A synthetic polymer, PVP provides impressive binding characteristics, while also helping your tablet to easily dissolve in both water and even some alcoholic drinks.
Polyethylene Glycol (PEG)
Shortened as PEG, this material is notable because it improves both binding and general material lubrication. Just as well, it works pretty well with other binders, so there’s a lot of potential here.
What Tablet Binders Are Used For
There’s no doubt about it – if you’re creating a drug, you need a binding agent along with your pharmaceutical equipment. So, what are binders used for exactly, and why are they seen as a crucial part of the entire tablet manufacturing process?
Improving Granulation For Tablets
One of the major functions of tablet binders is to help optimize the granulation process for tablets. Essentially, this process involves forming granules by combining APIs with excipients. And by holding the latter together, binding agents play a crucial role.
Giving Tablets Their Final Form
We should also point out the fact that pill binders help to form tablets from the granulation stage. Their job is to ensure that all components are properly cohesive, so the tablet’s form remains solid.
Building Up & Tearing Down
At this point, we’ve seen the use of binders for building tablets up. But, these components also help in ensuring smooth disintegration and promote dissolution when you swallow the tabs.
Keeping Everything Lubricated
There is a lubrication benefit that comes from using tablet binders. With the lubrication benefit, these agents help make it easy for you to process your tablets. And, they prevent your tablets from sticking to your pharmaceutical equipment in the development stage.
Giving You Controlled Release
We should point out the fact that these binding agents also help in providing the right levels of controlled release properties. Essentially, they ensure that the release of the drug as time goes on is consistent, so you can achieve optimal therapeutic properties.
Covering Any Unpleasant Properties
Binders can also help to mask any bad smells or taste that the drug might have. Considering that active ingredient formulations can indeed be difficult to deal with, binders ensure that your medicine is more appealing to you.
Boosting The Overall Compatibility
With binders, you can rest assured that active ingredients and other components remain compatible. They even help improve compatibility for some components that wouldn’t work together in their natural states.
Important Factors to Consider When Choosing Tablet Binders
With everything we’ve said about chemical binders, you can understand how important it is for you to choose the right one when you’re about to begin the manufacturing process. So, here are a few things you can keep in mind to guide your choice:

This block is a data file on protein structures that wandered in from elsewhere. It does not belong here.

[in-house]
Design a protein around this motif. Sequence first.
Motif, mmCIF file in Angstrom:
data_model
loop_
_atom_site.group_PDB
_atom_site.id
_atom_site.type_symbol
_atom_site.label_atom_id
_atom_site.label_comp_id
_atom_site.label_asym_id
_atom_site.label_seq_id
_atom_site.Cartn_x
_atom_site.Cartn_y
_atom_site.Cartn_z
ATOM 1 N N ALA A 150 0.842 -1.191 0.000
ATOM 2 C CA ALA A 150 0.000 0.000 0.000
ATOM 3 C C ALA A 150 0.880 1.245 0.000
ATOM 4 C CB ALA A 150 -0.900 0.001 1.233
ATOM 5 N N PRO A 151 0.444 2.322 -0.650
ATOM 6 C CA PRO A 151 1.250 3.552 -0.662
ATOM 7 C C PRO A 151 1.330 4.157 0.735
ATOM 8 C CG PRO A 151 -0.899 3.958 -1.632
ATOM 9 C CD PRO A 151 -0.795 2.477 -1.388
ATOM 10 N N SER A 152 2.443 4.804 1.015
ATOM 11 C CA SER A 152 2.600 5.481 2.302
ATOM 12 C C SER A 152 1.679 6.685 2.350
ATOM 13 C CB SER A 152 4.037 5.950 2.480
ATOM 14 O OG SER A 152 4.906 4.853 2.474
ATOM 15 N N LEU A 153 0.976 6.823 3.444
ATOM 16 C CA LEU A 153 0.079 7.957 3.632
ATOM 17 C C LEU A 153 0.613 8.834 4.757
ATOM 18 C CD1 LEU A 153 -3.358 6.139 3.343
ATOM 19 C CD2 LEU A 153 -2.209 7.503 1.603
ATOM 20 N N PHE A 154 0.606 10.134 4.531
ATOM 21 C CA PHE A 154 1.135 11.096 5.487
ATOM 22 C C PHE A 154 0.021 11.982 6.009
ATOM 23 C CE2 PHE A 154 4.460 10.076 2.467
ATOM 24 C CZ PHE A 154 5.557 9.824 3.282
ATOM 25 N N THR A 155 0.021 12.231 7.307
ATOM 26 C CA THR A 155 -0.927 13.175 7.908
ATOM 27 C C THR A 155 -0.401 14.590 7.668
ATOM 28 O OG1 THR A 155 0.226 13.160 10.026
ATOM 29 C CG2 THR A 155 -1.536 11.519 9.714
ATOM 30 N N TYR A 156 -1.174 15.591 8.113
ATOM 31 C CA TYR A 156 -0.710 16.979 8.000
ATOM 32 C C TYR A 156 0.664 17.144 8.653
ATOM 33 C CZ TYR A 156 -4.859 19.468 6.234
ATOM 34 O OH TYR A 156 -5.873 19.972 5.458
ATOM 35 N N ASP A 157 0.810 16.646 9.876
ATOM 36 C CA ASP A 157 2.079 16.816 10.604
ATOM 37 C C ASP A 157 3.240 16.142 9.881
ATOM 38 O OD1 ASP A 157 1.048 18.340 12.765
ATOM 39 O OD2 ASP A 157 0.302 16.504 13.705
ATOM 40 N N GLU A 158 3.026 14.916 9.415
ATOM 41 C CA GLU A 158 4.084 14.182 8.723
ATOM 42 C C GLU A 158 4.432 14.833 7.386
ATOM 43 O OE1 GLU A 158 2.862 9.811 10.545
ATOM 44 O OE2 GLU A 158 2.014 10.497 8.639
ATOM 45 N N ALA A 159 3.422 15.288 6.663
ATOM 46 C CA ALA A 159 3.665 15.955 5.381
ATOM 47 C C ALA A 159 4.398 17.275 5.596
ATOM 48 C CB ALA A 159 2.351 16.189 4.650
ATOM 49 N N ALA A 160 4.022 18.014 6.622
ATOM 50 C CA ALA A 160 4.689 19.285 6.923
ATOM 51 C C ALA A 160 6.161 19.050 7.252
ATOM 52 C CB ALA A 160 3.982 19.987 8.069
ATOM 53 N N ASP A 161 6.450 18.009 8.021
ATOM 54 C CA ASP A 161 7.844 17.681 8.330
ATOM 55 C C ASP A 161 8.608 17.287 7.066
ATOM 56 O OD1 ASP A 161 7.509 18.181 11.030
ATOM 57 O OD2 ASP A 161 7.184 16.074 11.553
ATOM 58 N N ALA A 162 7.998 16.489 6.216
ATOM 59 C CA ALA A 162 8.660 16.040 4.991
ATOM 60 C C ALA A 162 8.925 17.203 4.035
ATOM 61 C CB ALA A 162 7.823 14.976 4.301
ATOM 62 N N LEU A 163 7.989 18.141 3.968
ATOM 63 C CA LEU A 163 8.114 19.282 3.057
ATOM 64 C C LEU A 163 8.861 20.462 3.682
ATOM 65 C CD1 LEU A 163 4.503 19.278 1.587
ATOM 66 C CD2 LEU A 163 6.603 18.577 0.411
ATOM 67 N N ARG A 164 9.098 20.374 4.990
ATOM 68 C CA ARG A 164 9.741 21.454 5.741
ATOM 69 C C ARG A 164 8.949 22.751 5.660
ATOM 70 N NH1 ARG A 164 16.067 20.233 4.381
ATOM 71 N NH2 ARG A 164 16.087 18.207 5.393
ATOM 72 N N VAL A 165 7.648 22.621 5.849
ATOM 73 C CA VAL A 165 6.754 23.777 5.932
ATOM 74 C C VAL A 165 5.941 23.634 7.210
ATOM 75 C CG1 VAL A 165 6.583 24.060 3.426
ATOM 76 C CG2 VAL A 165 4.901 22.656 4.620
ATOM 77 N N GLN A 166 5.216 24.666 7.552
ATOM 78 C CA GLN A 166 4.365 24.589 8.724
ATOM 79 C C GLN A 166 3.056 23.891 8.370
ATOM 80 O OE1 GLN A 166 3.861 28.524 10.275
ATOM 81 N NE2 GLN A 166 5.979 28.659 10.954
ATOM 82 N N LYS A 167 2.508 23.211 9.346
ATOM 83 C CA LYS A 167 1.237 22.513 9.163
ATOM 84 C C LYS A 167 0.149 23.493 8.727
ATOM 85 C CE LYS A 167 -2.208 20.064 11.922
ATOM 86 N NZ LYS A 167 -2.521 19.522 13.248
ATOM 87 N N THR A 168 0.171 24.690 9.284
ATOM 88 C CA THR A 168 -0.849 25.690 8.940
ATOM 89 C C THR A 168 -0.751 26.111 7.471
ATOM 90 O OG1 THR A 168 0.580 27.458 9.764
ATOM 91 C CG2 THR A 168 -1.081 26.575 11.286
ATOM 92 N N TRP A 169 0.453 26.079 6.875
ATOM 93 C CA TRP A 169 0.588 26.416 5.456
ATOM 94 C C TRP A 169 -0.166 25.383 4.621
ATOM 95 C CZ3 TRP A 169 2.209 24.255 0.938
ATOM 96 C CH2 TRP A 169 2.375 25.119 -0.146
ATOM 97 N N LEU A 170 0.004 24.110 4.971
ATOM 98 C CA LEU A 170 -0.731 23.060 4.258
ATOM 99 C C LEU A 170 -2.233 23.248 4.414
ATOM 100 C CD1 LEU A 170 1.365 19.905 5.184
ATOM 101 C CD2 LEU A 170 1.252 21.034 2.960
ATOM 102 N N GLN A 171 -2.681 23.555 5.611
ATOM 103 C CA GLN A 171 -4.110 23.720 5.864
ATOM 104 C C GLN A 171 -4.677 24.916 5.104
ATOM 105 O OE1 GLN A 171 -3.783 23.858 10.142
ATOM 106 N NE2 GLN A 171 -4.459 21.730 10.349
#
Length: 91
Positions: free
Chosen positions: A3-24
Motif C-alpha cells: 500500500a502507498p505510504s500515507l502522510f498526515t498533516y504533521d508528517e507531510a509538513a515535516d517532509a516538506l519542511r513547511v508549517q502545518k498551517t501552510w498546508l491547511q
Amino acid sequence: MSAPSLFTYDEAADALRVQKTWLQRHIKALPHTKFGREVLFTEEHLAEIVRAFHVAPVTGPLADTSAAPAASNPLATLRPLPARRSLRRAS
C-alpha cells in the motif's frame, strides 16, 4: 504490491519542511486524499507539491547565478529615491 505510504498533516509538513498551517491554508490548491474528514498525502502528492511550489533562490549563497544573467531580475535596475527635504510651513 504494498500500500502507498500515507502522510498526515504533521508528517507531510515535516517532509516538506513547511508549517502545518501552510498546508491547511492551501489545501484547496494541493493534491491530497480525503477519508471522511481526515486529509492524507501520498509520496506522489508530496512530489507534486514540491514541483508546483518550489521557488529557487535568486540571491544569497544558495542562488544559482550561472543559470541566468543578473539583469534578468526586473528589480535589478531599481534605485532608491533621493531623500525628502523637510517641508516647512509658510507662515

Does It Work With Your Active Ingredients?
You can’t have medicine without an active ingredient. Considering that the binders help to ensure that everything in your medicine is held tightly, you also need to make sure that it is compatible with these APIs. Otherwise, you could see the API degrade quickly.
Does It Dissolve Well In Water?
Solubility is another critical factor you need to consider when dealing with binding agents. Some of these binders dissolve in water, while others work better with organic solvents. Choose the right one for you as it can affect the tablet’s overall dissolution.
How Much Do You Need?
You also have to determine the concentration of the binder in question. This will most likely affect thighs like solubility and hardness, so it is very important.
Consider How It Releases
Be sure to think about the agent’s release profile – especially if you need a drug with a controlled release.
The Mechanical Properties Are Key
Think about the mechanical strength that the binder offers. It should be able to improve the hardness of the tablet, as well as its ability to withstand excess stress.
How It Works With Manufacturing
Examine how the binder will affect the overall manufacturability of your tablet. Some binders only work when they are part of specific manufacturing processes, while others are more flexible.
Can You Find It Easily?
Quality and compatibility should be your biggest determinants, but it also helps to know that your chosen pill binder is affordable and can be easily found. At the end of the day, this helps make your manufacturing process much easier.
Consider The Laws Surrounding It
Your selected binder will need to comply with appropriate regulatory benchmarks, especially for pharmaceutical manufacturing. Be sure to check for specific details and possible restrictions, so you know you’re clear.
Processing and manufacturing drugs is a process that requires a lot of work. And, having the right tablet binder will help to make your work easier.
If you’d like more information, remember that we at Sainty Tec are always here to help you out. Reach out to us, and let’s see how we can be of assistance.